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Discuss: State of the World 2013 > Chapter 25. Effective Crisis Governance.

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message 1: by Ted (new)

Ted | 348 comments Mod
Chapter 25. Effective Crisis Governance.

For comments about chapter 25.

message 2: by Ted (last edited Nov 24, 2013 03:52PM) (new)

Ted | 348 comments Mod
Brian Martin, professor of social sciences, University of Wollongong, Australia.

Tom Prugh says, in the introduction of the third part of the book, that in this chapter the author “argues that governance should be flexible, not stiff. That requires participation, high skill levels, robust debate, and mutual respect.”.

Well, when the opening sentence of the chapter was “When a crisis develops, what sort of governance – what sort of system for running society – is most resilient?”, I was immediately confused. This question, and the mention of resilience (view spoiler) is unfortunately not necessarily what’s required to address the slow motion crises which the previous chapter emphasized in its concluding remarks.

Thus thrown for a loop, I sort of sleep-walked through the first two sections of the chapter, trying to figure out what I was supposed to be getting out of the essay. (Those sections are Lessons from Civil Resistance and Flexible Governance. The first recounts instances, going back almost thirty years, in which “repressive leaders have succumbed to people power”: the Philippines in 1986, Eastern Europe in 1989, Egypt in 2011. Well, methinks, all fine and good, but what does this have to do with sustainability or even resilience or even governance in a crisis? (There were some interesting observations about armed versus non-violent resistance, referenced from Why Civil Resistance Works.) The second section is aptly summarized in Prugh’s remarks quoted above.

Transforming Governance

Okay, I finally resolved to try meeting the author half way (without wondering how his thesis applied to anything). In this section, Martin looks at methods of moving toward the four elements of Flexible Governance, which he restates slightly as Significant Participation , Resources for Struggle , Openness, Tolerance, and Inclusion and Learning Skills for Struggle and Developing Strategic Acumen.

The references to “Struggle” in these titles is indicative of the voice that Martin speaks in here. It is only slightly veiled radicalism, which is not a problem with me. When he uses the phrase “help build resilience”, one almost slips into reading it as “help build resistance”.

One interesting quote from the last element (referenced to Participatory Institutions in Democratic Brazil) reads
Especially relevant … are initiatives to provide experience in governance, such as the participatory budgeting pioneered in cities in Brazil. In a typical process of participatory budgeting, multiple citizen assemblies discuss priorities, and then a participatory budget council, with representatives from the assemblies, deliberates on priorities, negotiating between the assemblies and the city administration.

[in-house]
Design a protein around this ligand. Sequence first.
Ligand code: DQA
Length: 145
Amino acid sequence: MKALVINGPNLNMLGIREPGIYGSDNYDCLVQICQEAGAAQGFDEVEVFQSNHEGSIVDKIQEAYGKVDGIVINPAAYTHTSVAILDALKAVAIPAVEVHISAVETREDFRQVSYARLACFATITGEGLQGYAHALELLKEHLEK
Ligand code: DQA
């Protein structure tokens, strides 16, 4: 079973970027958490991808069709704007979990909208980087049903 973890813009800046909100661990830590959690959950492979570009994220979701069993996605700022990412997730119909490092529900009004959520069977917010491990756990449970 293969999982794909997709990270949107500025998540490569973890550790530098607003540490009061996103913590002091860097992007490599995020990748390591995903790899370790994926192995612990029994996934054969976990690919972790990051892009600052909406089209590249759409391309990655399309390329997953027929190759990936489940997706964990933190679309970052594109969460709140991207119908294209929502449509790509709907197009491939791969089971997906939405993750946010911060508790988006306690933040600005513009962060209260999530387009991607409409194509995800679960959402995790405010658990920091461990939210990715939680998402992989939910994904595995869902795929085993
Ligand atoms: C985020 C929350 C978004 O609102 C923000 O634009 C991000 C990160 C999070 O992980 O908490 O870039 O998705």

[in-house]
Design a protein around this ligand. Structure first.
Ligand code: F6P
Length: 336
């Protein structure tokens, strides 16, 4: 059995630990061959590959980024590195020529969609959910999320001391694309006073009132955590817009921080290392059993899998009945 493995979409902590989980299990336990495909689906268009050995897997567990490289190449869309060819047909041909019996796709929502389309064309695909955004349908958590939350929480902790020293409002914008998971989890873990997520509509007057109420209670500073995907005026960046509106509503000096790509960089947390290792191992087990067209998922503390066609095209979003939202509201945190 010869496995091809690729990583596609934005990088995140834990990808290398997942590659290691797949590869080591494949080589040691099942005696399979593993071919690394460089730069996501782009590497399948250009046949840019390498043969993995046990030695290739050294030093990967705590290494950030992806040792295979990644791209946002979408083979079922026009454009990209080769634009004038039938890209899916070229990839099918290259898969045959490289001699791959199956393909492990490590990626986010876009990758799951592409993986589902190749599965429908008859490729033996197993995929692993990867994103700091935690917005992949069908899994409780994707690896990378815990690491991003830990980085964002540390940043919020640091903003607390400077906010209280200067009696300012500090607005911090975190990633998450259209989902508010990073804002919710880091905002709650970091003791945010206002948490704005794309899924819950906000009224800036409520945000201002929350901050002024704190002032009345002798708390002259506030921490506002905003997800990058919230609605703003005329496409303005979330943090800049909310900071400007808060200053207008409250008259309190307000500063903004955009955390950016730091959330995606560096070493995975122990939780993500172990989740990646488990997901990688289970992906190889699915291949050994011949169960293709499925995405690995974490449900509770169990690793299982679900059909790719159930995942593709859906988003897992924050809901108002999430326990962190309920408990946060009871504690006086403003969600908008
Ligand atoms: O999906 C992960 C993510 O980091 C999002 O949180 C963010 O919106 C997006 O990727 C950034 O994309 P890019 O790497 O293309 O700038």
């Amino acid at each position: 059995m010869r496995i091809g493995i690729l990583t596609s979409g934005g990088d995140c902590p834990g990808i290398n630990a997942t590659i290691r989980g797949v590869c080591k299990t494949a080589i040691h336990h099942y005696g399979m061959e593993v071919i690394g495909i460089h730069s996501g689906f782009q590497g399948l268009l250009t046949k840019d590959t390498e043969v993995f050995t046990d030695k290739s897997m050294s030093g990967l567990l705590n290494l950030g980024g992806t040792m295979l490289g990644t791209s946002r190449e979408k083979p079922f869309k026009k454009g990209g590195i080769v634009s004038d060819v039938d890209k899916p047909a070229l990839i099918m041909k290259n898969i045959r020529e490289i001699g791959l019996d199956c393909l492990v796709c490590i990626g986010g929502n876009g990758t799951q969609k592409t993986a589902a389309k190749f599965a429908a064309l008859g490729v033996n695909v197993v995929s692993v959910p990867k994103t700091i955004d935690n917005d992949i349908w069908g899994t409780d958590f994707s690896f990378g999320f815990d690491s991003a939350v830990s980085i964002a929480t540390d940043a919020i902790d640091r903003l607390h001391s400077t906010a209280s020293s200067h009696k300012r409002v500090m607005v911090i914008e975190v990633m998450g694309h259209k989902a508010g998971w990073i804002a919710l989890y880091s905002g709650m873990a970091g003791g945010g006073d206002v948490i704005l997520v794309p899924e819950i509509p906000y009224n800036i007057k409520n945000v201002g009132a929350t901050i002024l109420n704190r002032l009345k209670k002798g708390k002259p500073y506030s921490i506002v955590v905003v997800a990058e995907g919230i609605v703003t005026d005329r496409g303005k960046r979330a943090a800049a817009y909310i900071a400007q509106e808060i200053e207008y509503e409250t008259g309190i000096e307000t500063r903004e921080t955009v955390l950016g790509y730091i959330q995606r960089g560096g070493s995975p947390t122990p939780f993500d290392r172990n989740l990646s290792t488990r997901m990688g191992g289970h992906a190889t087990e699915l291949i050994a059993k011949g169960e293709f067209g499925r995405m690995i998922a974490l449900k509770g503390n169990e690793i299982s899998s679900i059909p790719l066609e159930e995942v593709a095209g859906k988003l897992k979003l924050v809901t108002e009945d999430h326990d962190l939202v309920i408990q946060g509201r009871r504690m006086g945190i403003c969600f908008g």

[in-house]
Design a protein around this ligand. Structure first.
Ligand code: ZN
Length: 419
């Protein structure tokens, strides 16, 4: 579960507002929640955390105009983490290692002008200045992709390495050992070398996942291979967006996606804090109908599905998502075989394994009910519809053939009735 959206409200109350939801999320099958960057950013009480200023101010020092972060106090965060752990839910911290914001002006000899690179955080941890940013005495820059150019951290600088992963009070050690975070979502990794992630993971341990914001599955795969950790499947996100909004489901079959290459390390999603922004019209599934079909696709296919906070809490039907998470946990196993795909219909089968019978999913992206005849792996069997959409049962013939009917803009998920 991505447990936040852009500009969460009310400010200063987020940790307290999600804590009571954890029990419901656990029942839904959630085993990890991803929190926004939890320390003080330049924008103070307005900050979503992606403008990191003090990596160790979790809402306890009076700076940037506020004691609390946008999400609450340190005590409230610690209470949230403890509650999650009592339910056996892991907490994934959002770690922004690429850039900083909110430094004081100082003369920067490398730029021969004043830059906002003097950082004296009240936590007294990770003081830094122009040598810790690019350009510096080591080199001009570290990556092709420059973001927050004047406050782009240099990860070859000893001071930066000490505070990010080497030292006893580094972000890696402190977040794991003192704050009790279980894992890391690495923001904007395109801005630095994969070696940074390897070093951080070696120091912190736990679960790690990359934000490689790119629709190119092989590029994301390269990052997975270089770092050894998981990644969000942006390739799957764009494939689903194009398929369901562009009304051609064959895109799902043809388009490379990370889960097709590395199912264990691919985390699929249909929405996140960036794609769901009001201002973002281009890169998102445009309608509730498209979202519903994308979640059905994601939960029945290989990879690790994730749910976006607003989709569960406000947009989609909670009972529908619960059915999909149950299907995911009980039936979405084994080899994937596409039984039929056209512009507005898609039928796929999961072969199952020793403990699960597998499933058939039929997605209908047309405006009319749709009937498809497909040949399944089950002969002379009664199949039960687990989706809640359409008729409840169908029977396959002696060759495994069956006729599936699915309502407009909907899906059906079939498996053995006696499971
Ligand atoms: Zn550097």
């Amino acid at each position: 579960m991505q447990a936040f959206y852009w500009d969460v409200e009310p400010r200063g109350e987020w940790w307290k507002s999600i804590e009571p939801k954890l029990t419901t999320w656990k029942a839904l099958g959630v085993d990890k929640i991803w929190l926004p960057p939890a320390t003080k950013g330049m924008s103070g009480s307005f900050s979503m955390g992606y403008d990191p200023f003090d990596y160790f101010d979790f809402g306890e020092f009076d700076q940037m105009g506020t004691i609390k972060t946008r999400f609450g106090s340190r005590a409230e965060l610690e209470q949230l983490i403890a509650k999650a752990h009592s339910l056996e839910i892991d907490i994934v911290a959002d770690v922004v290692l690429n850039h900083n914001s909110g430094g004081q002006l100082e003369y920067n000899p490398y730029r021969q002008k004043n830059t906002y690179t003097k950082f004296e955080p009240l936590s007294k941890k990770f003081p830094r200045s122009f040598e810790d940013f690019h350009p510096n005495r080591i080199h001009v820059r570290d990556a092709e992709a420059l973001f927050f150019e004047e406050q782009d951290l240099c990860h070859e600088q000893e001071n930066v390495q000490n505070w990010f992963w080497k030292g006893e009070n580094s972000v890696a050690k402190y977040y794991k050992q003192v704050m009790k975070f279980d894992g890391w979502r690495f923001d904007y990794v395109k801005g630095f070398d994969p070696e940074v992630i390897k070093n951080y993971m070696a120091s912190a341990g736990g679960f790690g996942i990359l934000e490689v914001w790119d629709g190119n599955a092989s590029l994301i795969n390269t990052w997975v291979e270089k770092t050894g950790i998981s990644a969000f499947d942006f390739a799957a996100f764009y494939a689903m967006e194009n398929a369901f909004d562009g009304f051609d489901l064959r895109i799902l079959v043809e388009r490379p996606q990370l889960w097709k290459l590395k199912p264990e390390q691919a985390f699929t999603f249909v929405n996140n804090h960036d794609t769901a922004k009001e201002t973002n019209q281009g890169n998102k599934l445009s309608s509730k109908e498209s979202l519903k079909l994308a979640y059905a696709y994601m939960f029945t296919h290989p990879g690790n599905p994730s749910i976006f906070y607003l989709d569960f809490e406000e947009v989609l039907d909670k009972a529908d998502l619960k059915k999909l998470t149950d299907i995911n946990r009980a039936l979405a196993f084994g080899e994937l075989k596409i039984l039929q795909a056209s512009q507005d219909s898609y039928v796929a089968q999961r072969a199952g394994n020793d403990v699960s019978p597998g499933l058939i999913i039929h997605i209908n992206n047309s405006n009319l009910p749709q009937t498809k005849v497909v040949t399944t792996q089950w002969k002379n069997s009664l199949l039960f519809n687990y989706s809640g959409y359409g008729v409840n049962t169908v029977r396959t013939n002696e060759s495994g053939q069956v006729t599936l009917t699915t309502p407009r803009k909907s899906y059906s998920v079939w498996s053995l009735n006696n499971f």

Okay, this is a real participatory democracy, at least in theory, in its intention. And it reminds me (like a lot of other good things remind me) of Noam Chomsky’s view of anarchism, as expressed here (view spoiler)

The last two sections of the chapter, In a Crisis and Moving Toward Flexible Governance, don’t add much. The latter is simply a summary, and the former, though it does bring in the issue of “slow-moving” crises, and mentions climate change as the “most prominent” of these, doesn’t really say anything significant or useful. Seems like it was just tacked on.

message 3: by Ted (new)

Ted | 348 comments Mod
I’ve very little idea of how to fit this chapter in with anything. It describes what government “should be” to be effective in a crisis. But how to bring about this kind of government? And when? Before, during, or after crises? It’s very theoretical.


1. Two types of crisis.

Catastrophic: Resilience governance. These things obviously have to be in place beforehand to be of any use, and have to be quite well established, not simply some “ideas” in the collective thinking of a small group. They need to very widely embraced already. Thus the most likely venue for good outcome is local government, and the smaller the better.

Slow Motion: This is the sort of crisis that can be prepared for, through an attempt to use the “methods of moving toward the four elements of Flexible Governance” that are discussed in the Transforming Governance section. It may well be that making some sort of accommodation with the existing local government would be an effective path to travel. This presupposes that the current local government is willing to accommodate some loss of “power” to the people advocating this transformative vision, which is perhaps not likely in the typical situation.

2. How is governance currently implemented in the area of interest? Is it imposed from far above? Is it militarily enforced? Is it democratically elected? How much of its power can this governance legally give away to citizens? Must it abide by a structure of directions which says what its functions are, which part of the structure is responsible for each of those functions, how citizens may be given involvement in this responsibility (or even whether they can be), etc. etc.

I simply don’t have the time or energy to try to work through all this myself. I do think that one section of the chapter might be pretty important for people (groups) who are attempting to bring about more responsive government, more local government, and a more resilient government for times of crisis, regardless of the type of crises. It’s just not clear to me how possible (or likely) any of this is.

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